New Year’s Reading Resolution #14
Somewhere in the perhaps-not-too-distant future, all buildings have been fireproofed and the job of the fireman has changed. Instead of putting fires out, he starts them: igniting books at 451o Fahrenheit and destroying both them and the buildings that house them. The renegades who harbour such dangerous items are carted off; or, if they resist, hunted down by the local fire department’s Mechanical Hound, a fearsome beast with unmatched tracking abilities and a lethal injection in its snout.
Guy Montag is a fireman, like his ancestors before. For ten years he has gone out every night to incinerate illicit stores of literature. One night, walking home, he meets Clarisse McClellan, a girl from a family of eccentrics who do such things as walk the streets for no reason, taste the rain, and tell tales of a time when books were treasured and a fireman’s job was the reverse of what it has become. He enjoys talking to someone so different from his wife Millie, who cocoons herself in technology and is chattered at by her televisual ‘family’ all day and the voices in her earplug radios all night. But he never tells her his deepest secrets: that he once met a man named Faber, who spoke to him of books, and who he should have reported but didn’t; and of what he keeps inside the ventilation duct in his hall. Clarisse’s questions make Guy ask questions of his own, and he tracks down Faber, who tell him of a world beyond the city, where tramps roam the highways, known both by their own names and those of the authors whose works they carry inside their heads. Together they hatch a plan, but before they can carry it out an act of betrayal brings the Mechanical Hound to Guy’s own door.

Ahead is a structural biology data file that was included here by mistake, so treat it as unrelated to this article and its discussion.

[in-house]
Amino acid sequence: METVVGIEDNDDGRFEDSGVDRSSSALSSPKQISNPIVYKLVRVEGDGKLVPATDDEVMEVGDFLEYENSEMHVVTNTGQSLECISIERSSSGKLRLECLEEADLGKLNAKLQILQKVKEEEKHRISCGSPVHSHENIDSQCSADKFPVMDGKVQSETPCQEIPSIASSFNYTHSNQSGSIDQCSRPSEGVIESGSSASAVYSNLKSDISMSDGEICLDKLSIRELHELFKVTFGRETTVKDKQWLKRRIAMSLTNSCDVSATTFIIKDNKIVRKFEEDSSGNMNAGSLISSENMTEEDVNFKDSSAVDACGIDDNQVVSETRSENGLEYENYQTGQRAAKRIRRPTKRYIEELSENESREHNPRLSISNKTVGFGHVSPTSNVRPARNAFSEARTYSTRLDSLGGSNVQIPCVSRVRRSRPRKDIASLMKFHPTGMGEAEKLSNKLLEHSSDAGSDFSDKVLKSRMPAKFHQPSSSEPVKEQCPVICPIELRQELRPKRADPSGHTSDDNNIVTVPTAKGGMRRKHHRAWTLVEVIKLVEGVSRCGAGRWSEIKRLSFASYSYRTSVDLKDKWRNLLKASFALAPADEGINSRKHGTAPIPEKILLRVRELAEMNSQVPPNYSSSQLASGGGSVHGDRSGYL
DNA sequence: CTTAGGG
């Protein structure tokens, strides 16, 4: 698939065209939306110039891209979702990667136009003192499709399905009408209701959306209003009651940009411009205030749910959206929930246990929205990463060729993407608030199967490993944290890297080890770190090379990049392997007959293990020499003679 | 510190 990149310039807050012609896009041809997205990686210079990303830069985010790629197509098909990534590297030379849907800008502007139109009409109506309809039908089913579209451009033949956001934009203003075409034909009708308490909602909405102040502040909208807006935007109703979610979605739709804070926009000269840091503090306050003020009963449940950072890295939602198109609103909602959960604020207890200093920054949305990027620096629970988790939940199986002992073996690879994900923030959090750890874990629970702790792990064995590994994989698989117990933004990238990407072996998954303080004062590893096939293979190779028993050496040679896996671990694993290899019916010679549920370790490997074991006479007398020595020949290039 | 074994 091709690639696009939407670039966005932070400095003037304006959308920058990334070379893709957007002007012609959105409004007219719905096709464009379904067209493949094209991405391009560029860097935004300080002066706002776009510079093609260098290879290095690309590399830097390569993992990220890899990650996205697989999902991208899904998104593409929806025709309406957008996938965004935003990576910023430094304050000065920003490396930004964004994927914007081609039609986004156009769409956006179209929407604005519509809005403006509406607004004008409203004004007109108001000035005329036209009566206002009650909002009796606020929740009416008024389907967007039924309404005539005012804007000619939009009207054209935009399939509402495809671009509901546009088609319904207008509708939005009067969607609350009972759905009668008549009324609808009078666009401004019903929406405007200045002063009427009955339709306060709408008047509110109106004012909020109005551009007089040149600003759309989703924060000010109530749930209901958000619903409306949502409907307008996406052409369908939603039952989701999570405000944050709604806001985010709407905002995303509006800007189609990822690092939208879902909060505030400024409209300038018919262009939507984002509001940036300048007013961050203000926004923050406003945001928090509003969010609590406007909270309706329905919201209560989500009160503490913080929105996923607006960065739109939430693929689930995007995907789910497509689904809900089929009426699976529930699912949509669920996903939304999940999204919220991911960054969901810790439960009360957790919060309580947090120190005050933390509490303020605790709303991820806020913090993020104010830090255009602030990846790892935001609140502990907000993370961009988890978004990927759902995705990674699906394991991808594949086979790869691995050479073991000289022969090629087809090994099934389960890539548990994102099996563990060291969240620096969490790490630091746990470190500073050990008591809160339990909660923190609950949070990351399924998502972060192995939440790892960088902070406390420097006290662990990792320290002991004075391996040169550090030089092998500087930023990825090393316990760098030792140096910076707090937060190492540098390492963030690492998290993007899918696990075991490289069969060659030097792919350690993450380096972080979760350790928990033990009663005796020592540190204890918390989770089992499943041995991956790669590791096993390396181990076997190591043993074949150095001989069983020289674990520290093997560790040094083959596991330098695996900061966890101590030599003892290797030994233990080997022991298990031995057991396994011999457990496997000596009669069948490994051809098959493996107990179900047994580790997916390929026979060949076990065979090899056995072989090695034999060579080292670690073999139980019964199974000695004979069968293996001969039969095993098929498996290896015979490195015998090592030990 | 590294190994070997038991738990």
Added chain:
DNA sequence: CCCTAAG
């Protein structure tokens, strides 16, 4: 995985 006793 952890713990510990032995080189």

Given that it was written more than fifty years ago, this was a creepy read. As far as I could make out through Chief Beatty’s rambling, hyper-animated way of talking, books fell out of favour because so much of their contents had the potential to be construed as offensive by some minority group or other, and because of the dumbing-down of education. And lo and behold, now political correctness is the order of the day and recently a local academic suggested - in perfect seriousness - that high schoolers who can’t spell to save their lives should still be given credit for ‘digital literacy’ (i.e. the ability to mangle decent English in text messages and emails). Fortunately that idea wasn’t well received, so there’s hope yet. And I hope the resemblance to Bradbury’s fictional world goes no further. As a dystopian vision of the future and a warning of what we might become, this was a standout read.
As a read, however, it was a little less remarkable. Douglas Adams and the Victorian vision of The Time Machine aside, science fiction tends not to agree with me. I’m yet to work out why; perhaps it’s the creep factor or perhaps it speaks to my inner technophobe (and yes, I realise how odd it is to apply that word to a blogger). So while I did enjoy reading it, there was always a vague unsettling feeling to it, which I think was exacerbated by the fact that Clarisse’s fate was never really determined and the war was never explained. Who was fighting who and why? Not that I suppose it really mattered; I just like to know these things.
But in spite of that, this is still a wonderful book.